The Phantom is still very much alive at Her Majesty’s Theatre

The Phantom of the Opera is here … inside my mind

Andrew Lloyd Webber

If you love the musical theatre, you will love the work of Andrew Lloyd Webber. I think it would surprise you to know just how much of his music you are familiar with, even if you haven’t seen the musical in question. His music has this uncanny knack of getting inside your head … inside your mind.

Unquestionably one of the most well known, let alone longest running of all his musical productions is the Phantom of the Opera and I had the pleasure of seeing the show yesterday at Her Majesty’s Theatre, The Haymarket, London.

The story itself was published in 1911, Le Fantome de L‘Opera and the author was Gaston Leroux. Leroux had written the story after visiting the Paris Opera House where he had observed that there was a subterranean lake under the building which could be seen through iron grilles in the floor. Leroux had also heard the unfortunate story that one of the chandelier’s counterweights had fallen into the audience during a performance.

73 years later, Andrew Lloyd Webber read a review of a stage production of Phantom of the Opera at the Theatre Royal, Stratford. After reading the review he decided to call the musical aficionado Cameron Mackintosh with the seed of an idea of turning it into a new musical.

The Phantom of the Opera has reigned at Her Majesty’s Theatre for a whopping 28 years with Sarah Brightman as Christine and Michael Crawford as The Phantom when it premiered in 1986.  An unlikely   tale of a disfigured composer who terrorises the Paris Opera in an attempt to make his protégé a leading lady, seems to have captured the hearts of theatre goers worldwide and is recorded as being most successful entertainment project in history.

The 'boat scene' in Phantom is achieved using surviving Victorian stage machinery.
The ‘boat scene’ in Phantom is achieved using surviving Victorian stage machinery.

We were expecting to see Geronimo Rauch as the Phantom,  but it was announced just before curtain up that the part would be played by Jeremy Secomb.

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Frustratingly, there was no mention of him in the programme.  Having scrabbled around the Internet we found that he had played the part of Ubaldo Piangi in the Phantom and had also ‘filled in’ for Geronimo Rauch  as The Phantom the past.  Not only that but he is about to take on the roll of Sweeney Todd from 12th March 2015.   He was absolutely  brilliant.  So a little bit more credit for his performances as the Phantom should be recorded for posterity and be more readily available for all to see on the Internet.  Starting here.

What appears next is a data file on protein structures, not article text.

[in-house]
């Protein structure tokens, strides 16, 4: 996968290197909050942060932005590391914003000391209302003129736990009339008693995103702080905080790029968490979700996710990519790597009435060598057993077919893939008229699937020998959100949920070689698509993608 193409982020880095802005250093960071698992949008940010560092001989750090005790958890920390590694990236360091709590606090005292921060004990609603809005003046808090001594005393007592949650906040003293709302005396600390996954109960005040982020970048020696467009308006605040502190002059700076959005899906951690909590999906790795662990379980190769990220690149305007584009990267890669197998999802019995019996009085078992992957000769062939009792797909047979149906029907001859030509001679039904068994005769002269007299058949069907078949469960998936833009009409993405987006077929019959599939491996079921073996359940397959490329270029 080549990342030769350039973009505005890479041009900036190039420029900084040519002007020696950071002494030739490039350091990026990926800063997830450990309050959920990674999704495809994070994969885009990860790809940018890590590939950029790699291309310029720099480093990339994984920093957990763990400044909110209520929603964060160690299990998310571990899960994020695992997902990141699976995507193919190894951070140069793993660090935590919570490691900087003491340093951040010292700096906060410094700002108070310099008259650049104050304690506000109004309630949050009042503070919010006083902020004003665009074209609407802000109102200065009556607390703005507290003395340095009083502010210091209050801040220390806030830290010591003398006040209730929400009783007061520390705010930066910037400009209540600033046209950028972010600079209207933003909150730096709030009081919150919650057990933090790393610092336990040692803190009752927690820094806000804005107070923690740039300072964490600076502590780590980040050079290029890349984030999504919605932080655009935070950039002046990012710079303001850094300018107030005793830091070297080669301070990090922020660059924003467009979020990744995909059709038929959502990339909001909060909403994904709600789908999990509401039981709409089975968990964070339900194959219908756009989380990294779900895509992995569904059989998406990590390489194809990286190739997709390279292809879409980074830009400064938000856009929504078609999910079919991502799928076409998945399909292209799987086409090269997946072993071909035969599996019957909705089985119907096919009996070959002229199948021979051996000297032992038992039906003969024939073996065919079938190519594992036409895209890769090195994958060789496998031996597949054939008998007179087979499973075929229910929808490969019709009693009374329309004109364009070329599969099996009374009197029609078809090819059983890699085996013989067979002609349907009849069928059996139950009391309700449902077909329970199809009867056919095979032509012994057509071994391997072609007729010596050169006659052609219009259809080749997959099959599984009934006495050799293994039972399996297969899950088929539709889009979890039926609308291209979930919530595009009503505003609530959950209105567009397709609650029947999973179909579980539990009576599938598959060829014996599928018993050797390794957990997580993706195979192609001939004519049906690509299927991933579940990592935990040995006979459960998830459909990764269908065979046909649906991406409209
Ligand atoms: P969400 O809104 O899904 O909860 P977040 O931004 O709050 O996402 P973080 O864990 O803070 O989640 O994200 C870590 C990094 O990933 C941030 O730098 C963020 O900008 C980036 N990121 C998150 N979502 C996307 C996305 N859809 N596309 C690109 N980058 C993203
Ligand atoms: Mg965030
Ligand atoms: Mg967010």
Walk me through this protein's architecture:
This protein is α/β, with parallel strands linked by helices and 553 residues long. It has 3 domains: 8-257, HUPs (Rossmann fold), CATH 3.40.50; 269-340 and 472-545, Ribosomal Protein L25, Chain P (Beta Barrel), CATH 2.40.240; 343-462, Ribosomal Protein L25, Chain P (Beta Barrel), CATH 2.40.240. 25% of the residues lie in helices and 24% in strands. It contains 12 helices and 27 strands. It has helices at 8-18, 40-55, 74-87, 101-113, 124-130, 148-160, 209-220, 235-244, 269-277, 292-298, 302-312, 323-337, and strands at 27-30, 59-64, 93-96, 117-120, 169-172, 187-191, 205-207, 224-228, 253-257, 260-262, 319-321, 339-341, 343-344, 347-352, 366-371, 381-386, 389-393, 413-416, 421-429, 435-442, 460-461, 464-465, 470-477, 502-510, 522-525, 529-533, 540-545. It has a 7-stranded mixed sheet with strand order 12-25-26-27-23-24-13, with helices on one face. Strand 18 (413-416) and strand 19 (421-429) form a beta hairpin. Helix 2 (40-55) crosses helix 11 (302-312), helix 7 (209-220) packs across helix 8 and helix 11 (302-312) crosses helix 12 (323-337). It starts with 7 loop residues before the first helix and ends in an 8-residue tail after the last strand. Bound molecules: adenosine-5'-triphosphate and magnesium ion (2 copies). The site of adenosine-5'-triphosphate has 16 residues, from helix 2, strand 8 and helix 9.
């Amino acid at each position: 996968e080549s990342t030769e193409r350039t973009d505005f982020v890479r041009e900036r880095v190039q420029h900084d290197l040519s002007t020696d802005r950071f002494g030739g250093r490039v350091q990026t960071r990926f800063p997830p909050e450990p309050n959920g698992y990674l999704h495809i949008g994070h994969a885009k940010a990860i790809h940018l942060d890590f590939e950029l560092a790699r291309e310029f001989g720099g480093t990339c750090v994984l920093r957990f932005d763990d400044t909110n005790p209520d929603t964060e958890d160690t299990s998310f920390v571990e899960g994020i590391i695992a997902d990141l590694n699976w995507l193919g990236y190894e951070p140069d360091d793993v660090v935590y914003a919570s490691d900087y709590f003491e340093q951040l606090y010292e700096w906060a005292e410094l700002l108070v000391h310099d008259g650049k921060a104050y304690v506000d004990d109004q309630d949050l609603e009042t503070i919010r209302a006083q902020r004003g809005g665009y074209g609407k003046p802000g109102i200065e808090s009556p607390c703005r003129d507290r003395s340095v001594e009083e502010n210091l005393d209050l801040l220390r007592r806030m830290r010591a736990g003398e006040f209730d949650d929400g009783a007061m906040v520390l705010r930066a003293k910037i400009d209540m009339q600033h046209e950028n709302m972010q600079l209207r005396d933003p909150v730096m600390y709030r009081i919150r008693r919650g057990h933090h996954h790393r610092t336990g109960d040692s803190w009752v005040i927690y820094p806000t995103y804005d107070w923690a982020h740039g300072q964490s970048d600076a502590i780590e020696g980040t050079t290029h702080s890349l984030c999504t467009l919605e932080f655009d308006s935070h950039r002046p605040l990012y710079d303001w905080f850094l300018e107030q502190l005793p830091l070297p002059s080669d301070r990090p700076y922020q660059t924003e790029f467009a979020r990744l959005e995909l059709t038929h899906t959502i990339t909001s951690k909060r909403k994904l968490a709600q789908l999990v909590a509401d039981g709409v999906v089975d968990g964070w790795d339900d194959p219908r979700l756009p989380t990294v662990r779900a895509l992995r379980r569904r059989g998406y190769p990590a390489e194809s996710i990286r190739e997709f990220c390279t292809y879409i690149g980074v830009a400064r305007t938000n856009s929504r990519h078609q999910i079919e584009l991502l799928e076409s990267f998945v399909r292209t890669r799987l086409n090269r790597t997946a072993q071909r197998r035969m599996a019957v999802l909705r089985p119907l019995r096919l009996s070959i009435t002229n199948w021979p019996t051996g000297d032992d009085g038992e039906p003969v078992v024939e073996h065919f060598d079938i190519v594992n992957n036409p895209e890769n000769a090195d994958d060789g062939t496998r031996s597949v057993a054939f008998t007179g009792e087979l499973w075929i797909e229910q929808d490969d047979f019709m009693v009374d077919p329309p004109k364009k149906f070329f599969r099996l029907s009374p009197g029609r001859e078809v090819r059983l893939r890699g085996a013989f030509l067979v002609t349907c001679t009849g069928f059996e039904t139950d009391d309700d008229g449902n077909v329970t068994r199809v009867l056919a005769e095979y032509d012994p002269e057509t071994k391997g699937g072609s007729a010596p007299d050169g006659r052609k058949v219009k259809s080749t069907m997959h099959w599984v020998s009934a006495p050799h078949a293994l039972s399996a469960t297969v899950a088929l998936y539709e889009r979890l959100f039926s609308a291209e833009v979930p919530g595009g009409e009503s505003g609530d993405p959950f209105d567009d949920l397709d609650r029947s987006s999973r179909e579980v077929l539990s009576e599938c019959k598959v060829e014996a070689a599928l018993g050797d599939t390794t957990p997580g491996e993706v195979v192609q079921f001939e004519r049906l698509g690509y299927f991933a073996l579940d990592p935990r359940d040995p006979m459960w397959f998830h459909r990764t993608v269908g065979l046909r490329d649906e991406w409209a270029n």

Emmi Christensson, who was born in Sweden, played the part of Christine and she too was amazing.

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It was a tremendous performance all round.

This is a passionate story of unrequited and misguided love turned into a musical by the genius that is Andrew Lloyd Webber which, without a shadow of a doubt, has stood the test of time.  Visually it is a joy to watch and the music is in a class of its own.

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The entire cast, fabulous set – even the chandelier that comes crashing down above the stalls – and superb orchestra were all cooked to perfection yesterday.  So much so, that the production should keep going for another 28 years.  A faultless performance,  the memories of which will stay inside mind musically, lyrically and visually for a very long time.

It is estimated that Phantom has been seen by more than 140 million people, and the total worldwide gross is now in excess of $6 billion.

4 thoughts on “The Phantom is still very much alive at Her Majesty’s Theatre

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  1. I saw The Phantom at Her Majesty’s a few months ago. I was so delighted with all the effects. I specially remember when Christine and Raoul are singing ‘All I Ask Of You’ and the Phantom is watching them in the roof. The actors and actresses were amazing, the way the stage was decorated… Everything was fantastic, it remind me an opera. I can’t love ‘The Phantom of the Opera’ more, seriously.

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